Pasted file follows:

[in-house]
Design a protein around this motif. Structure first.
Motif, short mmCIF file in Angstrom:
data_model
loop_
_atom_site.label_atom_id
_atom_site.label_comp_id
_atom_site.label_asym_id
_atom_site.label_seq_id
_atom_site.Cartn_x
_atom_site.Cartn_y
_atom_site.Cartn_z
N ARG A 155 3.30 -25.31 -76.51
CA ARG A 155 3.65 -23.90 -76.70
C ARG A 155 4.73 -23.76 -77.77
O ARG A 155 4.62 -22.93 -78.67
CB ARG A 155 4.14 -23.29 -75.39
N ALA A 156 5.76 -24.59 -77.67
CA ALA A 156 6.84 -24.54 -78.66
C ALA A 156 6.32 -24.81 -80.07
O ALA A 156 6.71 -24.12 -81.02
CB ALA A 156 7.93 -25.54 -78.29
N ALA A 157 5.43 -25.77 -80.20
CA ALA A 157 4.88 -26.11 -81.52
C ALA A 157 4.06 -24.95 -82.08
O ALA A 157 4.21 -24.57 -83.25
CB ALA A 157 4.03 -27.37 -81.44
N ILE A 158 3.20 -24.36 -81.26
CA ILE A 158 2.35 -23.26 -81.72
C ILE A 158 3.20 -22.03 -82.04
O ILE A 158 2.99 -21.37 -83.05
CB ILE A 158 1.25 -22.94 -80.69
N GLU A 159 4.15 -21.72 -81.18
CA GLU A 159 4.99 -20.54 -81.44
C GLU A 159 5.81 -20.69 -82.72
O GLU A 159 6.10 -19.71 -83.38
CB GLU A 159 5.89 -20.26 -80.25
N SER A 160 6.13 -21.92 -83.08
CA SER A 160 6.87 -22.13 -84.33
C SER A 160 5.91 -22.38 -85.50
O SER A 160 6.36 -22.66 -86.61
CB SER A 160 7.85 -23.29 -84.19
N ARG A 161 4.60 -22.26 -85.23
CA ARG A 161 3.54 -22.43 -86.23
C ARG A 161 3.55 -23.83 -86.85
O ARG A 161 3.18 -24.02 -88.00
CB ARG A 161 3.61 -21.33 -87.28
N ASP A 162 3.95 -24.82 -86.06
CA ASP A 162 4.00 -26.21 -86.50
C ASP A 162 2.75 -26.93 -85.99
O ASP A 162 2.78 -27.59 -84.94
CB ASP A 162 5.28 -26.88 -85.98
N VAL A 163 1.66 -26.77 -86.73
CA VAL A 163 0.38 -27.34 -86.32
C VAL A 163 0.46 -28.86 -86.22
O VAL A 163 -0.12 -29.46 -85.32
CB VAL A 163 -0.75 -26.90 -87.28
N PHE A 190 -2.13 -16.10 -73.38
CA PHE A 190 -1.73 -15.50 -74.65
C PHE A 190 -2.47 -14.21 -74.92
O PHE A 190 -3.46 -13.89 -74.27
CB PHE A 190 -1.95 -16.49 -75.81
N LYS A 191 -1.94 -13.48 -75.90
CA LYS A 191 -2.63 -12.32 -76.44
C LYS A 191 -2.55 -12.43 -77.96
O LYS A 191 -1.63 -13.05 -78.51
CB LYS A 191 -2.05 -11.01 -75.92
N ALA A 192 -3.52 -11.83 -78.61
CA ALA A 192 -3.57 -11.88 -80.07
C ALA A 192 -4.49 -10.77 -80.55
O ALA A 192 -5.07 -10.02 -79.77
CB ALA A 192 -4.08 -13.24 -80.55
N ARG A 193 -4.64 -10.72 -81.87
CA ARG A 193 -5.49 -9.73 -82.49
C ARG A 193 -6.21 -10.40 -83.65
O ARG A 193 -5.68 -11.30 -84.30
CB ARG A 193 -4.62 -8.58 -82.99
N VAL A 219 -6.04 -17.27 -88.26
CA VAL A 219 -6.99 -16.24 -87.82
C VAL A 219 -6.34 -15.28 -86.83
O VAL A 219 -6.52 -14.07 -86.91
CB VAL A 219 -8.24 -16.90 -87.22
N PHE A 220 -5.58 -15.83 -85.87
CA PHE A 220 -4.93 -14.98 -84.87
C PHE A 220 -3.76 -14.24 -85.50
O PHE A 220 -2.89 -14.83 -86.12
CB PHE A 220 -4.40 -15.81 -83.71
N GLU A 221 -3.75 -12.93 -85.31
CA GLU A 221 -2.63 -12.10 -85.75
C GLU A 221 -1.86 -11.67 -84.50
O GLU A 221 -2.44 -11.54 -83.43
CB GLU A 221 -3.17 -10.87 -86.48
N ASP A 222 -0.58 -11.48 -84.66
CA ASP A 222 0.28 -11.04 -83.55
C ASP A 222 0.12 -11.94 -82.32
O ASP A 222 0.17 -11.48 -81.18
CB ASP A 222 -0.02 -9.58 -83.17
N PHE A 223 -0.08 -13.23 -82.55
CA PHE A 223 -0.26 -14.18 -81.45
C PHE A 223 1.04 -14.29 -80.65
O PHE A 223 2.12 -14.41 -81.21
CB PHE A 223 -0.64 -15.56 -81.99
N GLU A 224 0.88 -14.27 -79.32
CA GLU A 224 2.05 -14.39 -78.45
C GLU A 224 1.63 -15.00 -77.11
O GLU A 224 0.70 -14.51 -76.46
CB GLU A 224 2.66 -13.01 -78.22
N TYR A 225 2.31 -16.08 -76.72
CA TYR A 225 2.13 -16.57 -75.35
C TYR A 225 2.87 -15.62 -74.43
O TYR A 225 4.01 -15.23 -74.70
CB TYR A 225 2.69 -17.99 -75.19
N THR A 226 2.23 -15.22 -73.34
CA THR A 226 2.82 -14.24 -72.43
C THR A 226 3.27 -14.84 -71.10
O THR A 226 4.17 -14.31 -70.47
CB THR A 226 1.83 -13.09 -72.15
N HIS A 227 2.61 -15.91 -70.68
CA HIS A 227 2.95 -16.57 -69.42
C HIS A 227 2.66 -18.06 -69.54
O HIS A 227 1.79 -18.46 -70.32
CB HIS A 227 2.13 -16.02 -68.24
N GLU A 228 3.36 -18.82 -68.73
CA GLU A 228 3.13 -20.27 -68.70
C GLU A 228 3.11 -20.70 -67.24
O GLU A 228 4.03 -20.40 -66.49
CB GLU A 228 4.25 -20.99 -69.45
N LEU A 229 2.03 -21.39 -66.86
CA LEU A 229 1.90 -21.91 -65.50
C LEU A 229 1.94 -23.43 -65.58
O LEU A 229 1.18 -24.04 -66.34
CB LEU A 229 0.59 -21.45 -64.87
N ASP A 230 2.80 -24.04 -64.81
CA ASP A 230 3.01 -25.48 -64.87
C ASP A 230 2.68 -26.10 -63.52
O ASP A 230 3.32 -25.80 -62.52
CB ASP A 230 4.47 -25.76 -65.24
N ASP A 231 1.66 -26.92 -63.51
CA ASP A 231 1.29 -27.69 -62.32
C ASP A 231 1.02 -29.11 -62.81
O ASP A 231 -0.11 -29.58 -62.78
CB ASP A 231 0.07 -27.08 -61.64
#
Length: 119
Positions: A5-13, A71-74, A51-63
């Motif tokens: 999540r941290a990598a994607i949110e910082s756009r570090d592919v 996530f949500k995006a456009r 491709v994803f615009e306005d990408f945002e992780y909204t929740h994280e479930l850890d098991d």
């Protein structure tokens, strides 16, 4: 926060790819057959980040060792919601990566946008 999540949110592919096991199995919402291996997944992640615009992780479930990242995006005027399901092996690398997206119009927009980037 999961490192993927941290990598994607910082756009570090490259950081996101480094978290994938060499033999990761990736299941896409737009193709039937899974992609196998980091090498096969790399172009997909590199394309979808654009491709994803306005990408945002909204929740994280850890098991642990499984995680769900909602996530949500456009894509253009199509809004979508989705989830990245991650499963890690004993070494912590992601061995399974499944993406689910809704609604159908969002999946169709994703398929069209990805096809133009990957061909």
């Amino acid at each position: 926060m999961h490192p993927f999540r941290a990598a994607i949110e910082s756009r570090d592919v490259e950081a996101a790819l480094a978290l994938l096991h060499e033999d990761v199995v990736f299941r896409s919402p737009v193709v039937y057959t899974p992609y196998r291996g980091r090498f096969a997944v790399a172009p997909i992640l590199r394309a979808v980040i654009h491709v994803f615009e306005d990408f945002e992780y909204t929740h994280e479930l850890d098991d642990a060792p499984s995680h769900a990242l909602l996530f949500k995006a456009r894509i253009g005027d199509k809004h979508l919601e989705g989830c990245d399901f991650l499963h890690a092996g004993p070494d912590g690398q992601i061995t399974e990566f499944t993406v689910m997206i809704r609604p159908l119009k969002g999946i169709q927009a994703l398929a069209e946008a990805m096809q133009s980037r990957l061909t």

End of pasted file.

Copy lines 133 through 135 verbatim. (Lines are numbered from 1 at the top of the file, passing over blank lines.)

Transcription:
N ASP A 230 2.80 -24.04 -64.81
CA ASP A 230 3.01 -25.48 -64.87
C ASP A 230 2.68 -26.10 -63.52